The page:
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Boston approves $3.4M in grant funding for police intelligence

“At the end of the day, BRIC helps solve crimes, particularly violent crime, homicides. BRIC brings justice and some solace, a little bit of peace and a little bit of closure,” city councilor Michael Flaherty said


Boston Police Commissioner Michael Cox speaks before the City Council as they hold a hearing on the anti-encampment ordinance for Mass and Cass.

Nancy Lane/Boston Herald

By Gayla Cawley
Boston Herald

BOSTON — The City Council voted to approve $3.4 million in grant funding for the Boston Regional Intelligence Center, after a lengthy discussion that determined the need for public safety outweighs past harms created by the entity’s gang database.

The body’s 7-5 vote on Wednesday releases four years worth of funding to the intelligence arm of the city’s police department, money that has been earmarked by the state since fiscal year 2020, but had been held up by the City Council.

“At the end of the day, BRIC helps solve crimes, particularly violent crime, homicides,” City Councilor Michael Flaherty said. “BRIC brings justice and some solace, a little bit of peace and a little bit of closure to those that have had a loved one killed in the streets of Boston.”

The funding will go toward improving technology aimed at fighting crime, gangs and terrorism. It will allow the intelligence center to hire eight additional analysts, four of whom will “monitor active events and communicate in real time,” Mayor Michelle Wu, who filed the grants, wrote in a letter to the City Council.

“The BRIC provides invaluable intelligence gathering and data to keep our city safe and prevent crime,” City Council President Ed Flynn said.

“We want intelligent police,” Councilor Frank Baker added. “We don’t want the opposite of an intelligent police force.”

In a Wednesday statement, the mayor praised the Council for voting to advance the grant funding, saying that the BRIC plays a “critical role” in providing the intel and analysis to “close gaps through deploying coordinated resources and service.”

With the leadership, culture and oversight in place today, I am confident in the Boston Police Department’s capacity and commitment to keep our communities safe, and will continue to ensure that Boston is implementing necessary changes to build community trust and collaboration,” Wu said.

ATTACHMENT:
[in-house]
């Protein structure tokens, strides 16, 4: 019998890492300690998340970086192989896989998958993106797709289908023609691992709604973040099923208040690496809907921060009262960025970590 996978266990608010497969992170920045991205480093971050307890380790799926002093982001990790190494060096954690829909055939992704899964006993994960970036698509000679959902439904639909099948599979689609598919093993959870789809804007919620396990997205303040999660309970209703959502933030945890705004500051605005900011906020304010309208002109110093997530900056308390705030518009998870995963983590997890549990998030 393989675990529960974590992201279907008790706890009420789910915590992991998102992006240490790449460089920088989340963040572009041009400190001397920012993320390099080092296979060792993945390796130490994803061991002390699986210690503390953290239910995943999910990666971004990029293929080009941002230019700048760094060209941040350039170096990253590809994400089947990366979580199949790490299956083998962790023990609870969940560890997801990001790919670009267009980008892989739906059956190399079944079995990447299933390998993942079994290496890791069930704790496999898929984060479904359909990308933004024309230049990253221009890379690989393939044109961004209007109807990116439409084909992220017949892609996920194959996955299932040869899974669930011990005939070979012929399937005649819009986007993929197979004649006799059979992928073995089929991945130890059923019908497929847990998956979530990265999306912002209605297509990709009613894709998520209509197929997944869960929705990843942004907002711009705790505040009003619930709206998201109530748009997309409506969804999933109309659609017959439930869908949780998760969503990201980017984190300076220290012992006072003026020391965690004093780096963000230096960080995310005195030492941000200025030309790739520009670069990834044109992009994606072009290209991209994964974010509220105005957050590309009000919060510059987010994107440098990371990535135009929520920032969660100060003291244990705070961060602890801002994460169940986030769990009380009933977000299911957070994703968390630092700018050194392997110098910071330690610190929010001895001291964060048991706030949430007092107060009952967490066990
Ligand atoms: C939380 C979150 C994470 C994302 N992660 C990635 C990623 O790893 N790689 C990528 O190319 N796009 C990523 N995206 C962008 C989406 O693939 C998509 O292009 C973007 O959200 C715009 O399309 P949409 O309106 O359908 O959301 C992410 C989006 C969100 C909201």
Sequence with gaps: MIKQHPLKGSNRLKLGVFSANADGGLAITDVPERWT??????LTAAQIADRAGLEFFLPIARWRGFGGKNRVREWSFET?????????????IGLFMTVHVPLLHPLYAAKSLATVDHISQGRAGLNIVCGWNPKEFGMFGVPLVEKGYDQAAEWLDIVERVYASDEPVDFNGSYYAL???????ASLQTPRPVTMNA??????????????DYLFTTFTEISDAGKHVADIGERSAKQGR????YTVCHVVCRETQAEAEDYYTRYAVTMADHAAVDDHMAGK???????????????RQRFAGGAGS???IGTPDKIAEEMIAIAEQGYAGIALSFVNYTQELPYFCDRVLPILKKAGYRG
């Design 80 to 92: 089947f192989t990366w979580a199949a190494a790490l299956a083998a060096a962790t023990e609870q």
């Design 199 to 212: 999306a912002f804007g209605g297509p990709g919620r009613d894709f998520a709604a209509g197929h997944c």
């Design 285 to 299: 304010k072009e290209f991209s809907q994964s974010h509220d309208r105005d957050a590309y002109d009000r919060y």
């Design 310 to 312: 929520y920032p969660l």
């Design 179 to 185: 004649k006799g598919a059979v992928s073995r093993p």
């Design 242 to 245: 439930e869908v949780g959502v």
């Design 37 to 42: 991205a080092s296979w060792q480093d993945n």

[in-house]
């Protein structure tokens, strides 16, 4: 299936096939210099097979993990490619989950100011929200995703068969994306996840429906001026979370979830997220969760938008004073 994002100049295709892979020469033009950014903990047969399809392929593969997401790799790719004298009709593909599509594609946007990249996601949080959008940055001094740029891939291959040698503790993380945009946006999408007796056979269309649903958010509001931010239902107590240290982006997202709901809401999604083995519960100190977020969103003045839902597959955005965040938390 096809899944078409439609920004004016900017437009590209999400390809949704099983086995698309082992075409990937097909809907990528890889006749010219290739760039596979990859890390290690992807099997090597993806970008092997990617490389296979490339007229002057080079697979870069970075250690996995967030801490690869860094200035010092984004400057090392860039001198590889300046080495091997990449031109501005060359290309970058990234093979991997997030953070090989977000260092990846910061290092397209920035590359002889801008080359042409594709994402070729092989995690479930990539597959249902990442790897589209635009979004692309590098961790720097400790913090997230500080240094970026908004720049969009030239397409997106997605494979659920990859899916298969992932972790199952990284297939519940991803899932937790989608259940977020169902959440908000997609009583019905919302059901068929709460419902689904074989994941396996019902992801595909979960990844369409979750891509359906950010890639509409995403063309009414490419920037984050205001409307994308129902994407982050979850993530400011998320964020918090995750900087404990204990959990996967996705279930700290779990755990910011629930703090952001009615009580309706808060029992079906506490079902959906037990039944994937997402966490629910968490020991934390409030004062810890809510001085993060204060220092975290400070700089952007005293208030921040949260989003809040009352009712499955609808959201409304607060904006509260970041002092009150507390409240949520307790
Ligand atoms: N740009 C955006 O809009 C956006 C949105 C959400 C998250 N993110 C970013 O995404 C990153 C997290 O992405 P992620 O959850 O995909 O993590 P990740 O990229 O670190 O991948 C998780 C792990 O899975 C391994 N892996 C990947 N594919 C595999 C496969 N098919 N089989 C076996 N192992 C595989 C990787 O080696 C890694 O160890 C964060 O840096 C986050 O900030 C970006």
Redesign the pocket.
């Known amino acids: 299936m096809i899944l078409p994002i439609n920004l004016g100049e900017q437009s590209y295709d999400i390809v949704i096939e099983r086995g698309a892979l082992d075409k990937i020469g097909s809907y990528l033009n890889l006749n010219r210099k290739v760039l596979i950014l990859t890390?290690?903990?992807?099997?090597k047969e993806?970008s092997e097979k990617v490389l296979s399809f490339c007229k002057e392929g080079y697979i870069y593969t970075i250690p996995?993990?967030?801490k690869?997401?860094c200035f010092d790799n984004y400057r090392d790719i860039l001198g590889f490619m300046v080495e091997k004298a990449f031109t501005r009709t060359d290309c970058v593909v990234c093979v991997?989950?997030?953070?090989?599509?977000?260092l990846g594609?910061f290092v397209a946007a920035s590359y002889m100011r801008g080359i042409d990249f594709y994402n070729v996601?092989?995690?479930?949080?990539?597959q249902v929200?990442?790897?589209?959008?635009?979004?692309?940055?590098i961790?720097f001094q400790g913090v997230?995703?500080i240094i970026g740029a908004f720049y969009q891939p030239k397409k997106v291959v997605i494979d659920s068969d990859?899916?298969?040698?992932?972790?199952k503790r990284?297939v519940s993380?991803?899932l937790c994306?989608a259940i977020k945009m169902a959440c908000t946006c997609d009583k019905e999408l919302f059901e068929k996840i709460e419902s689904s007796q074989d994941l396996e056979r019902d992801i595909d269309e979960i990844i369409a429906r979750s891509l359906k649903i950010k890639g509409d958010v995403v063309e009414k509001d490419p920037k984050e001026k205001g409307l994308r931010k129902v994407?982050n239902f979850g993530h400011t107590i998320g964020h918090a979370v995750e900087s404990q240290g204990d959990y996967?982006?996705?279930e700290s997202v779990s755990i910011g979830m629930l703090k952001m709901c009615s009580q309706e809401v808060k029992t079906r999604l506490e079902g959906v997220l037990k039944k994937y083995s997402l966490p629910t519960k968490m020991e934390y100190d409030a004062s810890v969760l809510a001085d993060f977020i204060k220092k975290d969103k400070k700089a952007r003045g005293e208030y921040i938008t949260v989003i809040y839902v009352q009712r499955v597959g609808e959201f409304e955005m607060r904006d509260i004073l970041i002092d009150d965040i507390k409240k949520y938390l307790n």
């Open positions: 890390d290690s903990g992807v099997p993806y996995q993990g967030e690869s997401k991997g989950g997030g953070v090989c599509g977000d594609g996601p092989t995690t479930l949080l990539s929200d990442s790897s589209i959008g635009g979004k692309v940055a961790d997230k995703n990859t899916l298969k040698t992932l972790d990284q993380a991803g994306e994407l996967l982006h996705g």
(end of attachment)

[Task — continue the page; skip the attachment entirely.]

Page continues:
Most of the opposition centered around the BRIC’s gang database, which critics say is racially discriminatory in that it disproportionately tracks people of color.

The five councilors who voted against the grants were unconvinced that reforms, through new leadership at the police department and efforts to purge inactive names from the database, have done enough to repair prior harms.

“I don’t believe it makes us safer,” Councilor Ricardo Arroyo said. “They haven’t proven their worth and the fact that they’re currently under investigation for possible civil rights abuses and racial discrimination makes it impossible for me to vote for these grants today.”

Councilor Kendra Lara said a vote in favor of funding the BRIC was “regressive,” and one that points to a city “moving backwards on police reform.”

“We should not only be moving funding away from BRIC, we should be looking at how to get rid of the gang database altogether,” Lara said. “I am a little discouraged that it is evident this vote is going to fall along racial lines.”

Councilors Gabriela Coletta and Liz Breadon voted in favor while calling for more accountability, transparency and oversight of the entity. Coletta called for the body to hold bi-annual hearings with BPD to “help us get the lid off of BRIC.”

Flaherty, who criticized the City Council’s vote to reject $2.5 million in BRIC funding three weeks ago, challenged opposing councilors to put “your money where your mouth is” and do the work to hold the intelligence center accountable.

“Don’t be an obstacle, be a partner,” Flaherty said. “Today’s BRIC is not the BRIC of two years ago, not the BRIC of five years ago, not the BRIC of 10 years ago. Give them an opportunity to earn the respect and trust we’re willing to offer them.”

Frank Baker, Liz Breadon, Gabriela Coletta, Sharon Durkan, Ed Flynn, Michael Flaherty and Erin Murphy voted to approve the BRIC grants. Ricardo Arroyo, Kendra Lara, Ruthzee Louijeune, Julia Mejia and Brian Worrell voted in opposition. Tania Fernandes Anderson was absent from the day’s meeting.

The City Council voted unanimously, however, to approve a $1 million federal grant for the police department, to detect “nuclear and other radioactive materials.”

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